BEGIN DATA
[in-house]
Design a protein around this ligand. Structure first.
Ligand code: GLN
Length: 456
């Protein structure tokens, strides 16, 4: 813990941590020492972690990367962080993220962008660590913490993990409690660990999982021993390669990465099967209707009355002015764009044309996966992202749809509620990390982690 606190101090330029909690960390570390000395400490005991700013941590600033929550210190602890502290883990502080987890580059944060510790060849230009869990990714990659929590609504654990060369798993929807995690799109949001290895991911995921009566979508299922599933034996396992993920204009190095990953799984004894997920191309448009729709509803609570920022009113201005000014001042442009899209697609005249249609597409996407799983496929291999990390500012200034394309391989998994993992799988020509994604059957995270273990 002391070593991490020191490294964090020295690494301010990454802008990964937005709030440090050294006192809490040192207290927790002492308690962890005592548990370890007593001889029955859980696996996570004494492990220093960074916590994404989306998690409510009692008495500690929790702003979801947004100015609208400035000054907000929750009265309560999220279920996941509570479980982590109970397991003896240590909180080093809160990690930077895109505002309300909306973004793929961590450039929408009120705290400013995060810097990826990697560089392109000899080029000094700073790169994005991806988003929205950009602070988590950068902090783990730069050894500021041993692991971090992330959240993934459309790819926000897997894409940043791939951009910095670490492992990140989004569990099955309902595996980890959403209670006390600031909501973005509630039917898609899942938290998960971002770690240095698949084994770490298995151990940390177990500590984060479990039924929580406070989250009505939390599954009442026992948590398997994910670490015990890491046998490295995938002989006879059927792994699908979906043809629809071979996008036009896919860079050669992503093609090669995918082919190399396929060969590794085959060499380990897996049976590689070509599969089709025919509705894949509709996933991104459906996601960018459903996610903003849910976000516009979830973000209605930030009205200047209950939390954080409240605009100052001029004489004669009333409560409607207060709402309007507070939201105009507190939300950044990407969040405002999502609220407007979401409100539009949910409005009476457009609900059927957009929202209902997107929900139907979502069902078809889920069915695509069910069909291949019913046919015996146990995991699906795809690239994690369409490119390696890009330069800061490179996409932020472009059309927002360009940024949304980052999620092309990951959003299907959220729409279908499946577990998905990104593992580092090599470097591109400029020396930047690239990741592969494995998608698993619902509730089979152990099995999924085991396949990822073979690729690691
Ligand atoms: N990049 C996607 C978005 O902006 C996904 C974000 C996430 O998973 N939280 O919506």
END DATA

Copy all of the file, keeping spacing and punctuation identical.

[in-house]
Design a protein around this ligand. Structure first.
Ligand code: GLN
Length: 456
């Protein structure tokens, strides 16, 4: 813990941590020492972690990367962080993220962008660590913490993990409690660990999982021993390669990465099967209707009355002015764009044309996966992202749809509620990390982690 606190101090330029909690960390570390000395400490005991700013941590600033929550210190602890502290883990502080987890580059944060510790060849230009869990990714990659929590609504654990060369798993929807995690799109949001290895991911995921009566979508299922599933034996396992993920204009190095990953799984004894997920191309448009729709509803609570920022009113201005000014001042442009899209697609005249249609597409996407799983496929291999990390500012200034394309391989998994993992799988020509994604059957995270273990 002391070593991490020191490294964090020295690494301010990454802008990964937005709030440090050294006192809490040192207290927790002492308690962890005592548990370890007593001889029955859980696996996570004494492990220093960074916590994404989306998690409510009692008495500690929790702003979801947004100015609208400035000054907000929750009265309560999220279920996941509570479980982590109970397991003896240590909180080093809160990690930077895109505002309300909306973004793929961590450039929408009120705290400013995060810097990826990697560089392109000899080029000094700073790169994005991806988003929205950009602070988590950068902090783990730069050894500021041993692991971090992330959240993934459309790819926000897997894409940043791939951009910095670490492992990140989004569990099955309902595996980890959403209670006390600031909501973005509630039917898609899942938290998960971002770690240095698949084994770490298995151990940390177990500590984060479990039924929580406070989250009505939390599954009442026992948590398997994910670490015990890491046998490295995938002989006879059927792994699908979906043809629809071979996008036009896919860079050669992503093609090669995918082919190399396929060969590794085959060499380990897996049976590689070509599969089709025919509705894949509709996933991104459906996601960018459903996610903003849910976000516009979830973000209605930030009205200047209950939390954080409240605009100052001029004489004669009333409560409607207060709402309007507070939201105009507190939300950044990407969040405002999502609220407007979401409100539009949910409005009476457009609900059927957009929202209902997107929900139907979502069902078809889920069915695509069910069909291949019913046919015996146990995991699906795809690239994690369409490119390696890009330069800061490179996409932020472009059309927002360009940024949304980052999620092309990951959003299907959220729409279908499946577990998905990104593992580092090599470097591109400029020396930047690239990741592969494995998608698993619902509730089979152990099995999924085991396949990822073979690729690691
Ligand atoms: N990049 C996607 C978005 O902006 C996904 C974000 C996430 O998973 N939280 O919506």